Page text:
Zontanos sees the Fattals at least once a week. On this particular visit in early December, she has Christmas presents for Sally — who is absolutely delighted by the sight of a large and colourful wrapped package.
“Do you remember how you told me how she likes fake food? So I found a big fake food thing,” Zontanos tells Noor. It takes Sally three minutes to rip open the package and begin serving pretend hot dogs and pizzas to her parents and guests.
To Zontanos, whose mother fled Cyprus after the 1974 coup d'état, helping the Fattals resettle is a full-circle “pay it forward” thing.
“My mom ended up in Canada at 18 with nothing. And she lived in a basement apartment with no furniture. Nothing. She lived penny to penny. It was really really hard for her in those long first few years,” Zontanos said. “If this was my mother in the '70s I would've hoped if someone made a commitment to help her that they fulfill that commitment and stay true to it.”
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Time is becoming a challenge for the Fattals and their sponsor group. They have six months to find stable jobs before their monthly stipends stop next August.
Zontanos says: “Getting them to that next step where they’re financially independent and feeling good about the future. That’s the focus right now.”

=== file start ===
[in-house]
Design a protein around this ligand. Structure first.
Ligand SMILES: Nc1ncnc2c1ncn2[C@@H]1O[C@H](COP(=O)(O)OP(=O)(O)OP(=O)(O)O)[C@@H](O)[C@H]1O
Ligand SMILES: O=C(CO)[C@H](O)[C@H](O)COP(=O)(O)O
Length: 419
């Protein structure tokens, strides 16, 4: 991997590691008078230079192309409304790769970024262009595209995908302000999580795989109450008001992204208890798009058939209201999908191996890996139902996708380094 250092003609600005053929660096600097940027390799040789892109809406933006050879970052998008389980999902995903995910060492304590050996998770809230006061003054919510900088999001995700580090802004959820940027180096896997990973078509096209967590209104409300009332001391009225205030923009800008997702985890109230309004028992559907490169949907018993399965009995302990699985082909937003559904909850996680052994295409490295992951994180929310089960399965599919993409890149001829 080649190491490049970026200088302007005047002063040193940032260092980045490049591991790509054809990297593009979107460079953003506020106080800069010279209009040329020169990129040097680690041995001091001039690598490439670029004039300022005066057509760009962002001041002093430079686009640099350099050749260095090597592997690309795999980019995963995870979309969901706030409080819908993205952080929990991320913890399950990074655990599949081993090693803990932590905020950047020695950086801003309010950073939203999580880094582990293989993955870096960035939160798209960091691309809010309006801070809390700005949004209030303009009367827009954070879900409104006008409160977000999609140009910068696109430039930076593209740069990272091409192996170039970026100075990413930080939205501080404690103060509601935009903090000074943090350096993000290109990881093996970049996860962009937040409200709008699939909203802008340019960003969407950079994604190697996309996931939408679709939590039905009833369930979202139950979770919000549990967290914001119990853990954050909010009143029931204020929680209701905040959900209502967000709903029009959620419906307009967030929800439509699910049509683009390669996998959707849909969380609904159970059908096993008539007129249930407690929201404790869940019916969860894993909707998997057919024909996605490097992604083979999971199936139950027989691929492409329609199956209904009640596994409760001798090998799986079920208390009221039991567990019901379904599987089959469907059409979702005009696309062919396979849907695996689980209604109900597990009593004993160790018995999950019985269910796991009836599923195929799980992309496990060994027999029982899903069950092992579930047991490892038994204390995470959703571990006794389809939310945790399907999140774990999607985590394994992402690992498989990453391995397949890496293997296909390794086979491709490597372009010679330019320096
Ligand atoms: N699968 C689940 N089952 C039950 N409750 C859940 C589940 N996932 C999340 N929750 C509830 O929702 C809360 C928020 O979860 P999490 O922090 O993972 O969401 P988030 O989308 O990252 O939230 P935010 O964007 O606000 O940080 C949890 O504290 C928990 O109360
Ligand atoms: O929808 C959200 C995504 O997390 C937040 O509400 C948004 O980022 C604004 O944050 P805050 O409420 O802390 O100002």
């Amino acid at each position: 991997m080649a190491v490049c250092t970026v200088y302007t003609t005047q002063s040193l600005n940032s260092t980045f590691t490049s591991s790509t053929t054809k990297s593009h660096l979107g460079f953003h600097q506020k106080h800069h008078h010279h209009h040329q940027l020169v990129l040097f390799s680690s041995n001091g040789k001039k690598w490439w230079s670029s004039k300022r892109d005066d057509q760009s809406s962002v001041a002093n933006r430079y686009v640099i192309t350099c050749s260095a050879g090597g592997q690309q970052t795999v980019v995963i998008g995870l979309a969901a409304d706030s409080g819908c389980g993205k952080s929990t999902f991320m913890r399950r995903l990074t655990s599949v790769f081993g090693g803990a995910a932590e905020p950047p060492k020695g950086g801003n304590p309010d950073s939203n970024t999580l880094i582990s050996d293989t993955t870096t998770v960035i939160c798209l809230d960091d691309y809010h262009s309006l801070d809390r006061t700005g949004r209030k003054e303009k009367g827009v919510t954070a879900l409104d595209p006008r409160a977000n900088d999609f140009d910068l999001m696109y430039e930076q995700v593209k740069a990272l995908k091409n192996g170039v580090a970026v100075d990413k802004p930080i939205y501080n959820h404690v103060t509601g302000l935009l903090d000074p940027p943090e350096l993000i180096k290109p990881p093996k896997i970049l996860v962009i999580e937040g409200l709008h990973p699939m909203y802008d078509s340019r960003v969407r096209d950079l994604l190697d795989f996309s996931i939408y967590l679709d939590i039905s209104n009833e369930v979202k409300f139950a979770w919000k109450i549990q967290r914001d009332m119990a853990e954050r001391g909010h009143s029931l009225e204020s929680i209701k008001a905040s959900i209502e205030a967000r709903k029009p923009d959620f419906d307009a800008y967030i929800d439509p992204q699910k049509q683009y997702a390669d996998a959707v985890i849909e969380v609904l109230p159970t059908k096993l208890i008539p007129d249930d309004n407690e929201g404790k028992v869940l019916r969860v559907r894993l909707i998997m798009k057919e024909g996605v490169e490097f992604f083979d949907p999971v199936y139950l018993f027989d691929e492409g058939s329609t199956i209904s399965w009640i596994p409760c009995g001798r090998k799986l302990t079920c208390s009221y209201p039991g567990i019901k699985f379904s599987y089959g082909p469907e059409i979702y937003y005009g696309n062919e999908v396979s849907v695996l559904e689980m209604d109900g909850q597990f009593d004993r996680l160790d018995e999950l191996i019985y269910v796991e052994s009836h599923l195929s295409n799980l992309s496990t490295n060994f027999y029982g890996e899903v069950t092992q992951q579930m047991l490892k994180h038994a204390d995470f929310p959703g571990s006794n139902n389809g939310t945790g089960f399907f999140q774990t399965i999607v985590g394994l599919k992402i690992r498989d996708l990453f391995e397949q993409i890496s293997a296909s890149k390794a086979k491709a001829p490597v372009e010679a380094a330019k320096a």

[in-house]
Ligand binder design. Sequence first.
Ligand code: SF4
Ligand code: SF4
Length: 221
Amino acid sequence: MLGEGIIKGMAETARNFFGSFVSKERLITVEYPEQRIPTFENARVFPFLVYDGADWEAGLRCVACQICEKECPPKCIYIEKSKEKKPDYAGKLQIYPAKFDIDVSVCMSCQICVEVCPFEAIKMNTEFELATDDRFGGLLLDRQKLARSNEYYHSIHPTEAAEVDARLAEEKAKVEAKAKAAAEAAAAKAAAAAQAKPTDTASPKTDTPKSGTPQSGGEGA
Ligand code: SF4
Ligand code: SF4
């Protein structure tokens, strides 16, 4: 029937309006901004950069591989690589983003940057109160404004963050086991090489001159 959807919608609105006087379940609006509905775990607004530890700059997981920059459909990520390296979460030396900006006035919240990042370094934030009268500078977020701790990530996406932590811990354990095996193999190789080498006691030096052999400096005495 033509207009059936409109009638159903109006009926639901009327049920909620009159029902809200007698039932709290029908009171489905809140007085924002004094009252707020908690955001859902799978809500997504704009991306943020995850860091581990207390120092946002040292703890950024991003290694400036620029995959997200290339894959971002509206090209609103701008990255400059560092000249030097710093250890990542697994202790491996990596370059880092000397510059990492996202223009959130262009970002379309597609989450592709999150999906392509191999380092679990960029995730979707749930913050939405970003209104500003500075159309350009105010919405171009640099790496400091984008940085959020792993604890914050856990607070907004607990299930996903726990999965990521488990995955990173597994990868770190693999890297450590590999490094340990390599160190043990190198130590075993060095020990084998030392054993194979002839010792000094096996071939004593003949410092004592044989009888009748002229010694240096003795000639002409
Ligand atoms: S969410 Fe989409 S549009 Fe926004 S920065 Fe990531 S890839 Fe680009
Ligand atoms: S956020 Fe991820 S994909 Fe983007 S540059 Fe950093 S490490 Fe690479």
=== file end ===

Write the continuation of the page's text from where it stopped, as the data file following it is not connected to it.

Amir, who previously worked in conflict resolution, can’t leverage his experience because he can’t teach in Arabic here and his English fluency isn’t strong enough to meet professional qualifications. But because he’s been given permanent resident status — unlike in Turkey — Amir feels an obligation to show his gratitude and contribute towards a better Canada.
“I do not feel I am here for temporary time. I am here for long time. So I need to focus, what I can do for long time,” he said.
Noor, a gifted cook, and Amir have their sights set on opening a food-related business. In between English classes, they completed a food handling course and are looking at kitchens around the city. With Sally’s child care in mind, their sponsor group helped find them a kitchen-related, part-time job which they would both share.
Things are looking up.
“Some days I feel like I’m the president. I have behind me, staff,” Amir jokes. Zontanos jumps in, “You feel supported. We make a good team.”
We hit a pause in the conversation as Sally serves more plastic miniature hot dogs and chips. Looking up at the snow falling outside the ground-level windows, Amir asks how often this cold weather happens.
“Every year for about four months,” I say.
“Oh. Thank you,” he says, smiling.